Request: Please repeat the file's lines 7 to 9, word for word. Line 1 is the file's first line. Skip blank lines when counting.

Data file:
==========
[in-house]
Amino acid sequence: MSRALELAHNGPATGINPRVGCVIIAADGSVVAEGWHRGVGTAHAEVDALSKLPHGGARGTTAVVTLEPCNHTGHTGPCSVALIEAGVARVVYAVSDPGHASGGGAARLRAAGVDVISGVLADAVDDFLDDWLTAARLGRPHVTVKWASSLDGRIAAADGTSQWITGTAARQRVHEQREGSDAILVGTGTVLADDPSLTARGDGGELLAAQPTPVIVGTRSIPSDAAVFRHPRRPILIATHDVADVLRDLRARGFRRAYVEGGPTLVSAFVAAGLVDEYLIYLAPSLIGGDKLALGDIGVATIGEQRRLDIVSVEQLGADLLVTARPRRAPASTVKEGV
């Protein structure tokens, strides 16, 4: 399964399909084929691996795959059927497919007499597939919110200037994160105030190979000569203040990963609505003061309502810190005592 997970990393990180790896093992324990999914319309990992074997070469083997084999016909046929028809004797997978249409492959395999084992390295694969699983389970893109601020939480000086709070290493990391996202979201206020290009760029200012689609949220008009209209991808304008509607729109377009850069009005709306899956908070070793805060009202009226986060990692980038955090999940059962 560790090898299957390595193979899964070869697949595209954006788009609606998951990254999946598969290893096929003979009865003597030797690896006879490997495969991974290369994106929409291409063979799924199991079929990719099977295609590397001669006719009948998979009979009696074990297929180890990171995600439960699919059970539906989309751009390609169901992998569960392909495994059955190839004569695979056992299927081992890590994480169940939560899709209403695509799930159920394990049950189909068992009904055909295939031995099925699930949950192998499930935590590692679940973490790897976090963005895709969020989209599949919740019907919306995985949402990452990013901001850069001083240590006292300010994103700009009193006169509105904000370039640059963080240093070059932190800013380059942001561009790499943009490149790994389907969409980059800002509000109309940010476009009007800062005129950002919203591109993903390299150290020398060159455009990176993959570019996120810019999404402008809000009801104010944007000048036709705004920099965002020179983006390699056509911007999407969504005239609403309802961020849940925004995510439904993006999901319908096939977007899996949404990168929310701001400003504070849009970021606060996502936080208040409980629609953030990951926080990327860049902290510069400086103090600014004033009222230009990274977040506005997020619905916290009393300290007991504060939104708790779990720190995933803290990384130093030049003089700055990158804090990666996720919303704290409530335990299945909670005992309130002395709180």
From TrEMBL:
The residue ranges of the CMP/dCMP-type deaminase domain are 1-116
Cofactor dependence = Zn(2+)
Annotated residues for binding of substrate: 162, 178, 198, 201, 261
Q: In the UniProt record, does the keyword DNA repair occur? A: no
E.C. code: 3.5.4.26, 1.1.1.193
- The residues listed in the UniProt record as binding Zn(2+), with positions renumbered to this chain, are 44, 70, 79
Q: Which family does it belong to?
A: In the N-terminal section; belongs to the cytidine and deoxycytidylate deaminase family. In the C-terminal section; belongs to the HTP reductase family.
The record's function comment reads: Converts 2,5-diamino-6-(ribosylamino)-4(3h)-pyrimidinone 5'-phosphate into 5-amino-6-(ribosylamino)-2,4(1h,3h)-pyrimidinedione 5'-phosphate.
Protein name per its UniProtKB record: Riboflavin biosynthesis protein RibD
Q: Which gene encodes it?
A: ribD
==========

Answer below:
Annotated residues for binding of substrate: 162, 178, 198, 201, 261
Q: In the UniProt record, does the keyword DNA repair occur? A: no
E.C. code: 3.5.4.26, 1.1.1.193